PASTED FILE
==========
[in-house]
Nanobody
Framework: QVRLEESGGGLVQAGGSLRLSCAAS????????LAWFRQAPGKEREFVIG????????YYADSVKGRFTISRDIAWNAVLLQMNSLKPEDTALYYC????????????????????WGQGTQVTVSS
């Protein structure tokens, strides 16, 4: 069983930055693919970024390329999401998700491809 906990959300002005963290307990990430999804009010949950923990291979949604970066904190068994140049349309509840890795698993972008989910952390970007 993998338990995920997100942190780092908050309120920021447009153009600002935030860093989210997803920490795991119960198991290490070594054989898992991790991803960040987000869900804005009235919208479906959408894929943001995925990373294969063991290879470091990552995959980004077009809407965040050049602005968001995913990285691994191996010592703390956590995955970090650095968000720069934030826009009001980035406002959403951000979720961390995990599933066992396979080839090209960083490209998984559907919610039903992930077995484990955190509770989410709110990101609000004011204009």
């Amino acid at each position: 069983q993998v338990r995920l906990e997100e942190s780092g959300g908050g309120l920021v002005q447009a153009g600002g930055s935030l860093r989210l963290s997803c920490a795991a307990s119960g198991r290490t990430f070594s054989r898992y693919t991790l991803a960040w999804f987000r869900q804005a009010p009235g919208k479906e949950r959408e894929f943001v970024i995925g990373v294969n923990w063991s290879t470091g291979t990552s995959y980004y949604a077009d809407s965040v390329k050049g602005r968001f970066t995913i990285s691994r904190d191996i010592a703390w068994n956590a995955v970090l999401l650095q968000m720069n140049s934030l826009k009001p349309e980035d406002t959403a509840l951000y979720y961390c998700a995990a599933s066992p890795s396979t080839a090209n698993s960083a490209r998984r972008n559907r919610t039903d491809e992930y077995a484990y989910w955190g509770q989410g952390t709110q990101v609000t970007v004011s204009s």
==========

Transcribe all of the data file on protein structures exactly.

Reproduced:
[in-house]
Nanobody
Framework: QVRLEESGGGLVQAGGSLRLSCAAS????????LAWFRQAPGKEREFVIG????????YYADSVKGRFTISRDIAWNAVLLQMNSLKPEDTALYYC????????????????????WGQGTQVTVSS
């Protein structure tokens, strides 16, 4: 069983930055693919970024390329999401998700491809 906990959300002005963290307990990430999804009010949950923990291979949604970066904190068994140049349309509840890795698993972008989910952390970007 993998338990995920997100942190780092908050309120920021447009153009600002935030860093989210997803920490795991119960198991290490070594054989898992991790991803960040987000869900804005009235919208479906959408894929943001995925990373294969063991290879470091990552995959980004077009809407965040050049602005968001995913990285691994191996010592703390956590995955970090650095968000720069934030826009009001980035406002959403951000979720961390995990599933066992396979080839090209960083490209998984559907919610039903992930077995484990955190509770989410709110990101609000004011204009």
């Amino acid at each position: 069983q993998v338990r995920l906990e997100e942190s780092g959300g908050g309120l920021v002005q447009a153009g600002g930055s935030l860093r989210l963290s997803c920490a795991a307990s119960g198991r290490t990430f070594s054989r898992y693919t991790l991803a960040w999804f987000r869900q804005a009010p009235g919208k479906e949950r959408e894929f943001v970024i995925g990373v294969n923990w063991s290879t470091g291979t990552s995959y980004y949604a077009d809407s965040v390329k050049g602005r968001f970066t995913i990285s691994r904190d191996i010592a703390w068994n956590a995955v970090l999401l650095q968000m720069n140049s934030l826009k009001p349309e980035d406002t959403a509840l951000y979720y961390c998700a995990a599933s066992p890795s396979t080839a090209n698993s960083a490209r998984r972008n559907r919610t039903d491809e992930y077995a484990y989910w955190g509770q989410g952390t709110q990101v609000t970007v004011s204009s």